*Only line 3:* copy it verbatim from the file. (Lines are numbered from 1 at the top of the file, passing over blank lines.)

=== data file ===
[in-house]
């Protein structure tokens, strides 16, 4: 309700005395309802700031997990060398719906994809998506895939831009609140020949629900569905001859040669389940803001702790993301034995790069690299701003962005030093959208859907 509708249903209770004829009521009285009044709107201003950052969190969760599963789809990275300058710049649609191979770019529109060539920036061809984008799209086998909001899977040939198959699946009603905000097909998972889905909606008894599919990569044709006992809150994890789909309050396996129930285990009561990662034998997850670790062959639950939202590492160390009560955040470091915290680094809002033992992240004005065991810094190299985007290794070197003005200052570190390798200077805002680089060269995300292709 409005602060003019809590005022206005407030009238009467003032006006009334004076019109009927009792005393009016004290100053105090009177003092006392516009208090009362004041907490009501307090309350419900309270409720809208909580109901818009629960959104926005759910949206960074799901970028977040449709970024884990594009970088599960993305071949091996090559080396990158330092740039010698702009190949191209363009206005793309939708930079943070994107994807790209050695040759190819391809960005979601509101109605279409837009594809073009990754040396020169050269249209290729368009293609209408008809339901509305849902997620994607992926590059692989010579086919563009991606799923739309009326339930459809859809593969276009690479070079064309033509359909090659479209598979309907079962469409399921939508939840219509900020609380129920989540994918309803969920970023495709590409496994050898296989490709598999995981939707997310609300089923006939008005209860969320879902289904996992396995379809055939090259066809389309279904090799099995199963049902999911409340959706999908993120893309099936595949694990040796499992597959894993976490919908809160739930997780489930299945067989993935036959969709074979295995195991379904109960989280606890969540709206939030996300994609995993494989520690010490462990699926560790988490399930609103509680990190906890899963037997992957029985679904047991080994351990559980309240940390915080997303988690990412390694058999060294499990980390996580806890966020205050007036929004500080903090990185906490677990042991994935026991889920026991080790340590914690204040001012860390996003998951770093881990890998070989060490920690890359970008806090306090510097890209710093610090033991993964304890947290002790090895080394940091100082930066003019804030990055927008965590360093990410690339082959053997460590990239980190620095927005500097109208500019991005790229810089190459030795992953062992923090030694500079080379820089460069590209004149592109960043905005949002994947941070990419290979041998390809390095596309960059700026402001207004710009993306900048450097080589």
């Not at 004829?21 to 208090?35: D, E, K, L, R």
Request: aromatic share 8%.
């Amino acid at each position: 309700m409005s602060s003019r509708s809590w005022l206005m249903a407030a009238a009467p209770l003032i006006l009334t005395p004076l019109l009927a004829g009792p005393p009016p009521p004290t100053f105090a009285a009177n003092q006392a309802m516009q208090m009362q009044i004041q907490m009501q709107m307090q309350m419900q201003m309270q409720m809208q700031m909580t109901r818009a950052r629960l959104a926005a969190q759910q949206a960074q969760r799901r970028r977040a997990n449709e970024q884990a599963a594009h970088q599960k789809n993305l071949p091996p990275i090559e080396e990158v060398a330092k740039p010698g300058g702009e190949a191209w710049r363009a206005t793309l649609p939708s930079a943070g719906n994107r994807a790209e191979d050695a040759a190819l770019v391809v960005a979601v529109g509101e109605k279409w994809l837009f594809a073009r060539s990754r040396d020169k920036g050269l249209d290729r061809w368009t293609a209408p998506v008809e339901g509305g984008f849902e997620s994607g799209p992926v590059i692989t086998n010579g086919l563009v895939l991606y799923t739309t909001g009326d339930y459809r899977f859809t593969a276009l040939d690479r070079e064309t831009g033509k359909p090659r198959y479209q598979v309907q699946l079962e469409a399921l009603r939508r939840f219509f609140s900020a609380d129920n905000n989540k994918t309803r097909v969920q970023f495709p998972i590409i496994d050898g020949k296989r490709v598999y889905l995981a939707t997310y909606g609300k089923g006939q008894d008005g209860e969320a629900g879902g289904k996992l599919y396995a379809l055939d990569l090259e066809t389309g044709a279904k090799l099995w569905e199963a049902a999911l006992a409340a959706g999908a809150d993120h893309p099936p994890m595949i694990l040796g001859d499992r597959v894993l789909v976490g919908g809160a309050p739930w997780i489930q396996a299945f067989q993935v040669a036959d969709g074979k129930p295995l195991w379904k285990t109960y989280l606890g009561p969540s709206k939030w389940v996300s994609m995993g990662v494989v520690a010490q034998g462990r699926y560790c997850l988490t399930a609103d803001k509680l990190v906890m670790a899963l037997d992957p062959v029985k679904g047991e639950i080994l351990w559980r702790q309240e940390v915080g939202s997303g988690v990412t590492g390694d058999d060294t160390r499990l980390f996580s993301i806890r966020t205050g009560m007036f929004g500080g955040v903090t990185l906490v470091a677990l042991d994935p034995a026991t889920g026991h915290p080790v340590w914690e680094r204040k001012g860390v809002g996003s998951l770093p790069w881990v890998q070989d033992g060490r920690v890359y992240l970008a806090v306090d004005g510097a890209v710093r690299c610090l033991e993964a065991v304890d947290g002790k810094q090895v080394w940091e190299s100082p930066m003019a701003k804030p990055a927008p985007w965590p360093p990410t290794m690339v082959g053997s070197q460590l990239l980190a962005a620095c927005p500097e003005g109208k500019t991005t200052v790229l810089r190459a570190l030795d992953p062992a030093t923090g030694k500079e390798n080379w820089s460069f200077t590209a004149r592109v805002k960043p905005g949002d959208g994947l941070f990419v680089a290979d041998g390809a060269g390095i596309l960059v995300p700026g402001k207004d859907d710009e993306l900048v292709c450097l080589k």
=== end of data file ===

């Not at 004829?21 to 208090?35: D, E, K, L, R």